Texas Another World Texas History Monsieur Violet In California, Sonora, and Texas

Monsieur Violet In California, Sonora, and Texas

Monsieur Violet In California, Sonora, and Texas
Catalog # SKU3724
Publisher Texas National Press
Weight 1.00 lbs
Author Name Captain Marryat
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Monsieur Violet In
California, Sonora, and Texas

His Travels and Adventures

Captain Marryat

As my readers will eventually discover, many daring deeds did we perform together, and many pleasant days did we pass, both in the northern cities of Mexico and western prairies of Texas, hunting with the Comanches, and occasionally unmasking some rascally Texans, who, under the paint of an Indian, would commit their murders and depredations upon the remote settlements of their own countrymen.

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In the remarks which I am about to make relative to the Shoshones, I may as well observe that the same observations will equally apply to the Comanches, Apaches, and Arrapahoes, as they are but subdivisions and offsets from the original stock--the Shoshones. The Wakoes, who have not yet been mentioned, or even seen, by any other travellers, I shall hereafter describe.

I may as well here observe, that although the Shoshones are always at peace with the Comanches and Apaches, they had for a long while been at war with their descendants, the Arrapahoes, as well as the whole of the Dacotah and Algonquin tribes, as the Crows and Rickarees, Black-feet, Nez-percés, and others.

First, as to their religion--a question highly interesting, and perhaps throwing more light upon their origin than can be collected from tradition, manners, and customs. From my knowledge of the Indians, I believe them, if not more religious, most certainly to be more conscientious, than most Christians. They all believe in one God--Manitou, the author of good, and worship him as such; but believing that human nature is too gross to communicate with the Arbitrator of all things, they pray generally through the intervention of the elements or even of certain animals, in the same manner that the Catholics address themselves to their saints.

The great Manitou is universal among this family, and indeed among all the savage tribes of North America. The interceding spirit alone varies, not with the tribe and nation, but according to individual selection. Children are taught to know "Kishe Manito" (the Almighty), but no more. When the boy is verging upon manhood, he selects his own personal deity, or household god, which is made known to him in his dreams. When he states his intention of seeking the spirit, the parents of the young man order him to fast for three days; then they take away his bow and arrows, and send him far into the woods, the mountains, or the prairies, to wait for the visitation.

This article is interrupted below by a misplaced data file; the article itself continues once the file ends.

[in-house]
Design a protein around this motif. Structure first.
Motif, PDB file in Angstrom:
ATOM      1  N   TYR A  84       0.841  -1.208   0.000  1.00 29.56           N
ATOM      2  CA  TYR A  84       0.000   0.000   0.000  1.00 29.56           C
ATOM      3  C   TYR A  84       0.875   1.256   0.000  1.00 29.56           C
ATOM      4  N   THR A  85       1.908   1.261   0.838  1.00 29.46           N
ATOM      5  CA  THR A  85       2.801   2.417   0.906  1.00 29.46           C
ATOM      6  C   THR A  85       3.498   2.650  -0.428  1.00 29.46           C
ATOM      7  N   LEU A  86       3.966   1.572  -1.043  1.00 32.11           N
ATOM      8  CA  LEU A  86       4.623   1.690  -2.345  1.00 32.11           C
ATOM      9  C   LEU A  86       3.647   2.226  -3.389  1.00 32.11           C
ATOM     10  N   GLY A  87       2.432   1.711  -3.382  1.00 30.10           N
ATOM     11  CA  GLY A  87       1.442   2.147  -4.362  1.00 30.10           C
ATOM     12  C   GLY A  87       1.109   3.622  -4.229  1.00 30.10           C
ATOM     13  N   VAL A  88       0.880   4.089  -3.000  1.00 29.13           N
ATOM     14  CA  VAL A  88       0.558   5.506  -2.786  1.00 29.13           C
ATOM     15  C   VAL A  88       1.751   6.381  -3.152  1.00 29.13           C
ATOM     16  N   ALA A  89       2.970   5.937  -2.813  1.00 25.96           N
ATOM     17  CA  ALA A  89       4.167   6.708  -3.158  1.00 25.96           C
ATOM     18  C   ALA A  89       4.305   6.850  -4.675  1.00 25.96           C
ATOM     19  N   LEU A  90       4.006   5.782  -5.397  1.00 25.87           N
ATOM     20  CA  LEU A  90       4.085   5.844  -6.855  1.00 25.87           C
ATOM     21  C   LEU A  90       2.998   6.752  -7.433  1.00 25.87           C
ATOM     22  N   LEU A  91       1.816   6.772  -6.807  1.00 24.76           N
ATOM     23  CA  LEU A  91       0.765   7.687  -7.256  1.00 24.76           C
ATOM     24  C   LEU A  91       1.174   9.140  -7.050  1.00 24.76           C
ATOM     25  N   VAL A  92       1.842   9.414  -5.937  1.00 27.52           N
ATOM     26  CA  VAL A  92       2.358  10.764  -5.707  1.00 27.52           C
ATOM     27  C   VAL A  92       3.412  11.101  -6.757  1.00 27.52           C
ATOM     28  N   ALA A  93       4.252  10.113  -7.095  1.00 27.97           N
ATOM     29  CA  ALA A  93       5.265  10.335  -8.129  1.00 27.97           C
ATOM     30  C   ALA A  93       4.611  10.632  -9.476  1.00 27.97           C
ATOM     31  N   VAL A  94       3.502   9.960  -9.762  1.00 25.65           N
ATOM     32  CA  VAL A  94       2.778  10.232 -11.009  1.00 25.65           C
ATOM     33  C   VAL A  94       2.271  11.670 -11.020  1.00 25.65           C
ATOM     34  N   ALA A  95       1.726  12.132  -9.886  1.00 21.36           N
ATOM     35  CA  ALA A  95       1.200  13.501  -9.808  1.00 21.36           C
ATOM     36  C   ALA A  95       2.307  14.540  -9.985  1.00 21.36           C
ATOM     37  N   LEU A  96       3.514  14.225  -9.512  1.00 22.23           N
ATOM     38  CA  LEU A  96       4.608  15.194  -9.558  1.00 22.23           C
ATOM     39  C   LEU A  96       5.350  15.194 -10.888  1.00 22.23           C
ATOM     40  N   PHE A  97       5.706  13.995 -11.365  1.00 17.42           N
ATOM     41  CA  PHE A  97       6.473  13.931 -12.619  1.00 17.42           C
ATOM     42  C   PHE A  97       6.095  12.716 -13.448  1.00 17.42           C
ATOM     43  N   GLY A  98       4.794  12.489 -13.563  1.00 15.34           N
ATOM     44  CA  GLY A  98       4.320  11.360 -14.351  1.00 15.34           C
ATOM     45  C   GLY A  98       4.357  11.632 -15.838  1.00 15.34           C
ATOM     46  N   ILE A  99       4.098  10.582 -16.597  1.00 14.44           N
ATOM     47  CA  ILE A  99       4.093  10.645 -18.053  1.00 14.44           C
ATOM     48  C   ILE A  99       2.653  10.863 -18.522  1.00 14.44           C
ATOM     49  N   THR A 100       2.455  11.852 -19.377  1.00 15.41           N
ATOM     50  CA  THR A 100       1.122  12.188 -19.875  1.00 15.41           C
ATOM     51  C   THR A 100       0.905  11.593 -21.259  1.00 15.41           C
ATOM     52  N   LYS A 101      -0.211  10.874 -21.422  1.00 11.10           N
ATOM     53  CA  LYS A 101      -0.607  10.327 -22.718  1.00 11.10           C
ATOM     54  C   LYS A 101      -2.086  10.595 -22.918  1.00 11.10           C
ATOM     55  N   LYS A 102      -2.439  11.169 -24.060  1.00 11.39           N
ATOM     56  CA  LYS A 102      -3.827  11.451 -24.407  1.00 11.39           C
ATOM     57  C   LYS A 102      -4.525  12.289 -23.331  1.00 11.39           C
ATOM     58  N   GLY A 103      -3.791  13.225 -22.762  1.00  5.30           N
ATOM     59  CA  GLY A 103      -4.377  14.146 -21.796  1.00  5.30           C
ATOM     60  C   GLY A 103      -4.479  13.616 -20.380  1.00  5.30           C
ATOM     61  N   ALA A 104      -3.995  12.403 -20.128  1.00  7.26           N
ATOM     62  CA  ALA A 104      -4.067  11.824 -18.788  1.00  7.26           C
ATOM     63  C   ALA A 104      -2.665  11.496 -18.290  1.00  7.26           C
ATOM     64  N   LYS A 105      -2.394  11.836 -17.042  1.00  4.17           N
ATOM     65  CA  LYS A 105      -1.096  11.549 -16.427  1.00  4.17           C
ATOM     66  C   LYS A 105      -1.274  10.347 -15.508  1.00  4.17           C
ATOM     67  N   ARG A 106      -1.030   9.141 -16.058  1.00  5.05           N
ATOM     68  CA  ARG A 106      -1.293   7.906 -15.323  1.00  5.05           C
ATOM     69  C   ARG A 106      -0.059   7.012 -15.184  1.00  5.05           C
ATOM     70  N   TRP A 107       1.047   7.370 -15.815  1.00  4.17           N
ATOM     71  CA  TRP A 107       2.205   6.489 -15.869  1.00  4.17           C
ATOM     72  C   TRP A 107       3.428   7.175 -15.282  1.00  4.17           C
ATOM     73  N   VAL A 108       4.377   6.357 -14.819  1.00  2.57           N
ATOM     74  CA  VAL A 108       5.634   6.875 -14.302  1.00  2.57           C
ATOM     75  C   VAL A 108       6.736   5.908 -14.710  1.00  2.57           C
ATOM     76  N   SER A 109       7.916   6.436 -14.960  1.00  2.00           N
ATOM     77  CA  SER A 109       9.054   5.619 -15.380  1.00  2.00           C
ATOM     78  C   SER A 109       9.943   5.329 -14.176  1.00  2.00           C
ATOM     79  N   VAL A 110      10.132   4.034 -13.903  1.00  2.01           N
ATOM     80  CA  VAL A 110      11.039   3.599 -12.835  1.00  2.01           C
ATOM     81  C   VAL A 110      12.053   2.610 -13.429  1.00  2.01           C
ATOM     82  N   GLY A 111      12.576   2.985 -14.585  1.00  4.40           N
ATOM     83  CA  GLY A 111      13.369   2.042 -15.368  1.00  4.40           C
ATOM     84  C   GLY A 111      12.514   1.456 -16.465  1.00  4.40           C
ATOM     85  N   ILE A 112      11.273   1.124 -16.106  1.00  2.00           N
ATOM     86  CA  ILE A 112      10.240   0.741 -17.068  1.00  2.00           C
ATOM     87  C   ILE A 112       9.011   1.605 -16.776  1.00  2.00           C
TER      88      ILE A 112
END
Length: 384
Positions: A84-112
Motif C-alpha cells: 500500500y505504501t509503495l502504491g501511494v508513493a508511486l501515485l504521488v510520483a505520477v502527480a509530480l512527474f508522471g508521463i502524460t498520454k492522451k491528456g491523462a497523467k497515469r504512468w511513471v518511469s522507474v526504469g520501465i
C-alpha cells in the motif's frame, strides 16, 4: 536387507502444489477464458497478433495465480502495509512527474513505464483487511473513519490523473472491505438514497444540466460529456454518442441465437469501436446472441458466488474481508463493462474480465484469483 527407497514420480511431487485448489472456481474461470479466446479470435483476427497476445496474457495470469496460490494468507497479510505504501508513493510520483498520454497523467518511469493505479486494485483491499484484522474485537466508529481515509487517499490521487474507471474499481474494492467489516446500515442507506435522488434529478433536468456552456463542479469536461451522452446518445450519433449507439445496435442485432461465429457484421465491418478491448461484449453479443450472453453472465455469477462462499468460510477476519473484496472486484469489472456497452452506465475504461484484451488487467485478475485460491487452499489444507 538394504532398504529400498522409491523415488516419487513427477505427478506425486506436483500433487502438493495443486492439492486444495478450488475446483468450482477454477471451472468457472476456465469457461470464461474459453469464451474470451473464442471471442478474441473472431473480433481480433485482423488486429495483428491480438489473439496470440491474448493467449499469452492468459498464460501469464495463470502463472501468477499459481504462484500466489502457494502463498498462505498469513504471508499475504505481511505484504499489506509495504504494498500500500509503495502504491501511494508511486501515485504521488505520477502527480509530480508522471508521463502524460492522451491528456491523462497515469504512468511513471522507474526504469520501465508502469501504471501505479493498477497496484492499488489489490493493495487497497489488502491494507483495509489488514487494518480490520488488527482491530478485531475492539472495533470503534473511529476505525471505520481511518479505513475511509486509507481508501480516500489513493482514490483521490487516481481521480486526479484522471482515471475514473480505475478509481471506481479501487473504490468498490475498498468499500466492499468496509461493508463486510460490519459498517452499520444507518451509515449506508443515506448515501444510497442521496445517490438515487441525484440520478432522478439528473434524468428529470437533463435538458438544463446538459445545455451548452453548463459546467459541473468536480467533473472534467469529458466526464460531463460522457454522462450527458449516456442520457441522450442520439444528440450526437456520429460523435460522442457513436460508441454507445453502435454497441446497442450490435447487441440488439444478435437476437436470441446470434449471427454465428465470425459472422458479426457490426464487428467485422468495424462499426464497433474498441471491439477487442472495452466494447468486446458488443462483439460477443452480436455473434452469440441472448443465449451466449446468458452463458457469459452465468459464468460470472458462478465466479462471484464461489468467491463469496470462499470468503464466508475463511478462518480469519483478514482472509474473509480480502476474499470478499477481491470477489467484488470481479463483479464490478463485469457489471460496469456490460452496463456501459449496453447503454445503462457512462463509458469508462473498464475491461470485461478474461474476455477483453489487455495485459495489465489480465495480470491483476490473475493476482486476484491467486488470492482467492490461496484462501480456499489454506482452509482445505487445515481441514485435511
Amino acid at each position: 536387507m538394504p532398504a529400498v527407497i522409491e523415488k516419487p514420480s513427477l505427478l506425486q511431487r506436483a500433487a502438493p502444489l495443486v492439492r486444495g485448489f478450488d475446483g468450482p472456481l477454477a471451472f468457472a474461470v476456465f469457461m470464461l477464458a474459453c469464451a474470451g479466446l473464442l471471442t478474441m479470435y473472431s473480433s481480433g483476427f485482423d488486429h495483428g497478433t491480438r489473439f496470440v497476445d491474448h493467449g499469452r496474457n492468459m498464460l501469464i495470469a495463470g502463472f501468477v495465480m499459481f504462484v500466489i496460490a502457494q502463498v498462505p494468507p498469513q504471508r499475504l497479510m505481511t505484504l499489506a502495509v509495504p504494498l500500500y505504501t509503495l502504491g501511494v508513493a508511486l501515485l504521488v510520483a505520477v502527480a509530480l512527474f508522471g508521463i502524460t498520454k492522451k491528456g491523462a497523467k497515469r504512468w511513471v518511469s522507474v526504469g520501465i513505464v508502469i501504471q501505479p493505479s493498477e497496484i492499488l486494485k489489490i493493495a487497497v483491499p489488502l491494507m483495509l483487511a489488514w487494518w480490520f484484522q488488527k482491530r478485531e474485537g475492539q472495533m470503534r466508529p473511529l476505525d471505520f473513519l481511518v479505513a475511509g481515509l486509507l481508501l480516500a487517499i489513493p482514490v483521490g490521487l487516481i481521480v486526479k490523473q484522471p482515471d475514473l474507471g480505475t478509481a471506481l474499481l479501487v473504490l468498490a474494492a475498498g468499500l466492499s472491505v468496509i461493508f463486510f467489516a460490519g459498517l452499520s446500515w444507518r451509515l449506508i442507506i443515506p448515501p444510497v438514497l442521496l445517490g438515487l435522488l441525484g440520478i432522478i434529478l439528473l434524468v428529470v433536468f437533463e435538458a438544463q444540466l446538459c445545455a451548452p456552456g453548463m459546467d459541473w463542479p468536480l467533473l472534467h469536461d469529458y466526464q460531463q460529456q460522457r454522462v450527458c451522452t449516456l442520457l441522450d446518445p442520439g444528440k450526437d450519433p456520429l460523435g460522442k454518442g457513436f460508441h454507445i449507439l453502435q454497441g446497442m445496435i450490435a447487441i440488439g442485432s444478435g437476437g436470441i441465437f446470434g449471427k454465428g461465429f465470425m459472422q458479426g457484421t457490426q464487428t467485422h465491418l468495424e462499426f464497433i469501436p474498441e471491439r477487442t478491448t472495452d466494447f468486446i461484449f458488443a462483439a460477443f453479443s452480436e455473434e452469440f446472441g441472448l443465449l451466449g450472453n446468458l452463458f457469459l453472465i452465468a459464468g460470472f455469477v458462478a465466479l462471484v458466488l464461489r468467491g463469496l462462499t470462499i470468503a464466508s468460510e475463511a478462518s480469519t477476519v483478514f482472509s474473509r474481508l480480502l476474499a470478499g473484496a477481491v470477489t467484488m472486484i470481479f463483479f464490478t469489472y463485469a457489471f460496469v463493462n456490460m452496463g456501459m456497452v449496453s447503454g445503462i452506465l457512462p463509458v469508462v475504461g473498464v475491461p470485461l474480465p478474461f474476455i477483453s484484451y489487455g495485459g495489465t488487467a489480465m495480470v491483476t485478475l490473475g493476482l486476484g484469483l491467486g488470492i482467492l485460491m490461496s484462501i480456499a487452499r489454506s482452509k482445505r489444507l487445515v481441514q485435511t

An empty stomach and inaction in the lone wilderness are certain to produce reveries and waking dreams. If the young man is thirsty, he thinks of water; of fire or sunshine, if he feels cold; of buffalo or fish, if he is hungry. Sometimes he meets with some reptile, and upon any one of these or other natural causes or productions, his imagination will work, until it becomes wholly engrossed by it.

Thus fire and water, the sun or the moon, a star, a buffalo, or a snake--any one of them, will become the subject of his thoughts, and when he sleeps, he naturally dreams of that object which he has been brooding over.

He then returns home, engraves upon a stone, a piece of wood, or a skin, the form of this "spirit" which his dream has selected for him, wears it constantly on his person, and addresses it, not as a god, but as an intercessor, through which his vows must pass before they can reach the fearful Lord of all things.

Some men among the Indians acquire, by their virtues and the regularity of their lives, the privilege of addressing the Creator without any intervention, and are admitted into the band, headed by the masters of ceremonies and the presidents of the sacred lodges, who receive neophytes and confer dignities. Their rites are secret; none but a member can be admitted. These divines, as of old the priest of Isis and Osiris, are deeply learned; and truly their knowledge of natural history is astonishing. They are well acquainted with astronomy and botany, and keep the records and great transactions of the tribes, employing certain hieroglyphics, which they paint in the sacred lodges, and which none but their caste or order can decipher.